According to the robotics community, it's unlikely that any robot now on the market could hold your attention for more than 10 hours. (Actually, if you have a robot dog gathering dust on a closet shelf , you probably already know that.)

A new study, however, indicates that this threshold is poised to be broken—at least if the humans interacting with the machines are youngsters. Researchers found that a two-foot- (61-centimeter-) tall metal man easily won over a classroom of tykes, aged 18 to 24 months, who intermittently spent time with it over a five-month period.

"Our results suggest that current robot technology is surprisingly close to achieving autonomous bonding and socialization with human toddlers for significant periods of time," University of California, San Diego, researchers report in Proceedings of the National Academy of Sciences USA.

QRIO, a robot programmed with a slew of social functions, was placed in U.C. San Diego's Early Childhood Education Center 45 times over the five-month observation period. For the first 27 sessions, the robot was allowed access to its full arsenal of programmed social behaviors. In addition, a controller could send commands to the humanoid, prompting it to wave, dance, sit, stand, etcetera (although there was a lag time between the prompt and when the robot made the movement).

The tots began to increasingly interact with the robot and treat it more like a peer than an object during the first 11 sessions. The level of social activity increased dramatically when researchers added a new behavior to QRIO's repertoire: If a child touched the humanoid on its head, it would make a giggling noise.

"The contingency coupled with the positive reaction of giggling made clear to the children that the robot was responsive to them and served often to initiate interaction episodes," says study co-author Fumihide Tanaka, a researcher at U.C. San Diego's Institute for Neural Computation and at Sony Intelligence Dynamics Laboratories, Inc.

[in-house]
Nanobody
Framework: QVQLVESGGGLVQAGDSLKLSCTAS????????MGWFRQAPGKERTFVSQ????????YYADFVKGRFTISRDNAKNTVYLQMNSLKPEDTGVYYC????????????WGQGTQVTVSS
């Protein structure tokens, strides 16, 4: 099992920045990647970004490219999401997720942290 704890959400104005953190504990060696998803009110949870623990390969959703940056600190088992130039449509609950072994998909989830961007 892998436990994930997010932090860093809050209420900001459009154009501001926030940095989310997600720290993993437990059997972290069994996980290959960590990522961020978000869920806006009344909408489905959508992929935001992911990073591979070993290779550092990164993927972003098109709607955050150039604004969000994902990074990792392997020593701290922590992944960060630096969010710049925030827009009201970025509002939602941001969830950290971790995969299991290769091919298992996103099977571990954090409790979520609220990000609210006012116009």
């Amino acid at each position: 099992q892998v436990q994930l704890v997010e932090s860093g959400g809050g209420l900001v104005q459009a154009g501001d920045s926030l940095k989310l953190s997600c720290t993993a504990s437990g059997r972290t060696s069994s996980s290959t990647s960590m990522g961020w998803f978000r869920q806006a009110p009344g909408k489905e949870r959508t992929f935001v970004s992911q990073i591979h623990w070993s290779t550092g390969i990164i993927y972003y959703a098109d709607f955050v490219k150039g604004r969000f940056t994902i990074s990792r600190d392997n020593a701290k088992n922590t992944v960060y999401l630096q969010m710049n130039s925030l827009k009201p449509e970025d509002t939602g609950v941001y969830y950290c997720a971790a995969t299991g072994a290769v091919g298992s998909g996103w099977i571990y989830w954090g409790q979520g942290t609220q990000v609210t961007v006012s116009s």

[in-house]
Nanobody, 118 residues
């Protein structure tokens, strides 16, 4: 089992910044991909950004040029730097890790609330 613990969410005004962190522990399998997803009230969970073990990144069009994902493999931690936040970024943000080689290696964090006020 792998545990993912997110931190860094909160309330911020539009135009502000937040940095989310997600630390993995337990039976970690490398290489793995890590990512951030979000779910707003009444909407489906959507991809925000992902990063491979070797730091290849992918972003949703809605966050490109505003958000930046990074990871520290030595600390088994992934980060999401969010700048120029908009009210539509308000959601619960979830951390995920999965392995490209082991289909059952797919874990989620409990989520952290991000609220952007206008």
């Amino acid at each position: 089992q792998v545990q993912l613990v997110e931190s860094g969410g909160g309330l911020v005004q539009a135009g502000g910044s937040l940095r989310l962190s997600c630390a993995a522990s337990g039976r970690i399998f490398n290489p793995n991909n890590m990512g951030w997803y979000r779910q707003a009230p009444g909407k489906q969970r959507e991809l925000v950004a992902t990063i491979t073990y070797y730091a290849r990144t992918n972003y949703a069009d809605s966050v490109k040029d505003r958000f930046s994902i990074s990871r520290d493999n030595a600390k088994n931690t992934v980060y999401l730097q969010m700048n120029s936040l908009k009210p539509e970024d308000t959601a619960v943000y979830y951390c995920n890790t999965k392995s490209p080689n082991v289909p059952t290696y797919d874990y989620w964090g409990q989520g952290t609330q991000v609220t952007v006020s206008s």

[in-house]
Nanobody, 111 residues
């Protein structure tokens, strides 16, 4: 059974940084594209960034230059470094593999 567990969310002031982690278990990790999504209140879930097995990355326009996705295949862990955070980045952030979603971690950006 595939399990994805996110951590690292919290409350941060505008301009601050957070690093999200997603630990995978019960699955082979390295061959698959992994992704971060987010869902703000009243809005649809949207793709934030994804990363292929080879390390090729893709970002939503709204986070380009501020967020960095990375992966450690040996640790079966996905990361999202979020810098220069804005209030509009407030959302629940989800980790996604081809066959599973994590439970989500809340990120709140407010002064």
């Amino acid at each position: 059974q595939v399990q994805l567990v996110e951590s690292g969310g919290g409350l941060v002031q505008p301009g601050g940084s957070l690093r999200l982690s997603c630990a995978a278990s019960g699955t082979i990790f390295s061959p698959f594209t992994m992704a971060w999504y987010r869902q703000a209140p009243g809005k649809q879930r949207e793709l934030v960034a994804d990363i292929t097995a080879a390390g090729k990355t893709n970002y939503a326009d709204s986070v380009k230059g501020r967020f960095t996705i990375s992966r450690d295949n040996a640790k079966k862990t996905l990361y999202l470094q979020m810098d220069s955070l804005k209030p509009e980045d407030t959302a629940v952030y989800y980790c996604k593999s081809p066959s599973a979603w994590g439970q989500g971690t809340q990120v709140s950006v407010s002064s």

For 15 sessions midway through the experiment, QRIO was programmed to repeatedly dance to the same song rather than interact with the kids. During these trials, the children became far less interested in the friendly automaton. For the final three sessions, however, QRIO could once again unleash its entire social arsenal.

Tanaka and his colleagues scored the quality of social interaction primarily based on where children touched the robot. A teddy bear and an inanimate toy robot named Robby accompanied QRIO during most of the observation period. The teddy bear was introduced first and prior to the introduction of the robots was very popular. But the stuffed animal was lost in the shuffle when QRIO and Robby came on the scene. Though the toddlers often manhandled Robby, they eventually began touching QRIO in a pattern similar to the way they touched one another—mostly on its arms and hands.

The only time they deviated from this behavior was when QRIO was programmed to giggle, at which point they frequently petted its face and head. Another indication that the little humans viewed robo-kid as a compeer was the way they reacted when QRIO ran out of juice and lay down as if to take a nap: Some of the children would try to wake and help it up, whereas others would cover it with a blanket.

"Our work suggests that touch integrated on the time-scale of a few minutes is a surprisingly effective index of social connectedness," Tanaka says. "Something akin to this index may be used by the human brain to evaluate its own sense of social well-being." He adds that social robots like QRIO could greatly enrich classrooms and assist teachers in early learning programs.